"And now also the axe is laid unto the root of the trees: therefore every tree which bringeth not forth good fruit is hewn down, and cast into the fire Whose fan is in his hand, and he will thoroughly purge his floor, and gather his wheat into his garner; but he will burn up the chaff with unquenchable fire."—Matthew 3:10-12.
"Every tree that brigheth not forth good fruit is hewn down, and cast into the fire."—Matthew 7:19.
"And also the axe is laid unto the root of the trees: every tree therefore which bringeth not forth good fruit, is hewn down, and cast into the fire Whose fan is in his hand, and he will thoroughly purge his floor, and will gather the wheat into the garner; but the chaff he will burn with fire unquenchable."— Luke 3:9-17.
John here announces a calamity about to come on the Jewish people. The trees were the Jewish people, the axe the cause of their overthrow. Such is the use of these terms in the Old Testament. See Isa. 40:24; Jer. 10:2-3: 21:6-8. We need only quote the latter passage to illustrate the Old Testament usage.
"For thus saith the Lord unto the king's house of Judah: Thou art Gilead unto me, and the head of Lebanon: yet surely I will make thee a wilderness, and cities which are not inhabited. And I will prepare destroyers against thee, everyone with his weapons; and they shall cut down thy choice cedars, and cast them into the fire. And many nations shall pass by the city, and they shall say every man to his neighbor. Wherefore hath the Lord done thus unto this great city?"
Ortrhodox commentators of all chuirches apply this language to this world.
"We risk little in referring this to the Roman power and armies, which, as an axe, most vehemently cut away the very existence of the Jewish polity and state."—Calmet.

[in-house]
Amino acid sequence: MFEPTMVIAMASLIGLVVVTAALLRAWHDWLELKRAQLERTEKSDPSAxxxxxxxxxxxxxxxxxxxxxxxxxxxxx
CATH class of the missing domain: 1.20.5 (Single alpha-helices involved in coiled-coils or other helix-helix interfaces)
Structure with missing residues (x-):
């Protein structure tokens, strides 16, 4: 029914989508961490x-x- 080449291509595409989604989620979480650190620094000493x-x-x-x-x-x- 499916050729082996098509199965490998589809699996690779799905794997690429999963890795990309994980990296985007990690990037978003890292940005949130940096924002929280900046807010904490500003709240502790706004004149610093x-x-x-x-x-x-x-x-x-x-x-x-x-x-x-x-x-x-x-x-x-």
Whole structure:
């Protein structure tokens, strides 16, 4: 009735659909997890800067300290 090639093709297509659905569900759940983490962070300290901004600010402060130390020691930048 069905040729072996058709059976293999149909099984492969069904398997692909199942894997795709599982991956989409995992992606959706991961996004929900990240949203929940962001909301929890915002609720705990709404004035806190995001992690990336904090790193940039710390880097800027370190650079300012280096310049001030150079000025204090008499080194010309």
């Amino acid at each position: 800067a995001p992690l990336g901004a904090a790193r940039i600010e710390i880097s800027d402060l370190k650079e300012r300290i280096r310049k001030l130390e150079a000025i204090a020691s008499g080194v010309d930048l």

"By the axe being now laid to the root of the tree, may fitly be under stood, first, the certainty of their desolation; and second, the nearness, in that the instrument of their destruction was already prepared, and brought close to them; the Romans that should ruin their city and nation, being already masters and rulers over them."—Lightfoot.
"It was customary with the prophets to represent the kingdoms, nations and individuals whose ruin they predicted, under the notion of forests and trees, doomed to be cut down. See Jer. 46:22, 23: Ezek. 31:3-11, 12. The Baptist employs the same metaphor. The Jewish nation is the tree, and the Romans the axe, which, by the just judgment of God, was speedily to cut it down."—Dr. A. Clarke.
"In this whole verse (the 12th,) the destruction of the Jewish state is expressed in the terms of husbandmen; and by the wheat being gathered into the garner, seems meant, that the believers in Jesus should not be involved in that calamity."—Bishop Pearce.
"The Romans are here termed God's fan, as in verse 10, they are called his axe, and in chapter 22:7, they are termed his troops or armies. His floor— does not this mean the land of Judea, which had been long, as it were, the threshing floor of the lord? God says, he will now, by the winnowing fan, (viz: the Romans,) thoroughly cleanse his floor—the wheat—those who believe in the Lord Jesus, he will gather into his garner—either take to heaven from the evil to come, or put in a place of safety, as he did the Christians, by sending them to Pella, in Coelosyria, previously to the destruction of Jerusalem. But He will burn up the chaff—the disobedient and rebellious Jews, who would not come unto Christ that they might have life.'—Dr. Adam Clarke.
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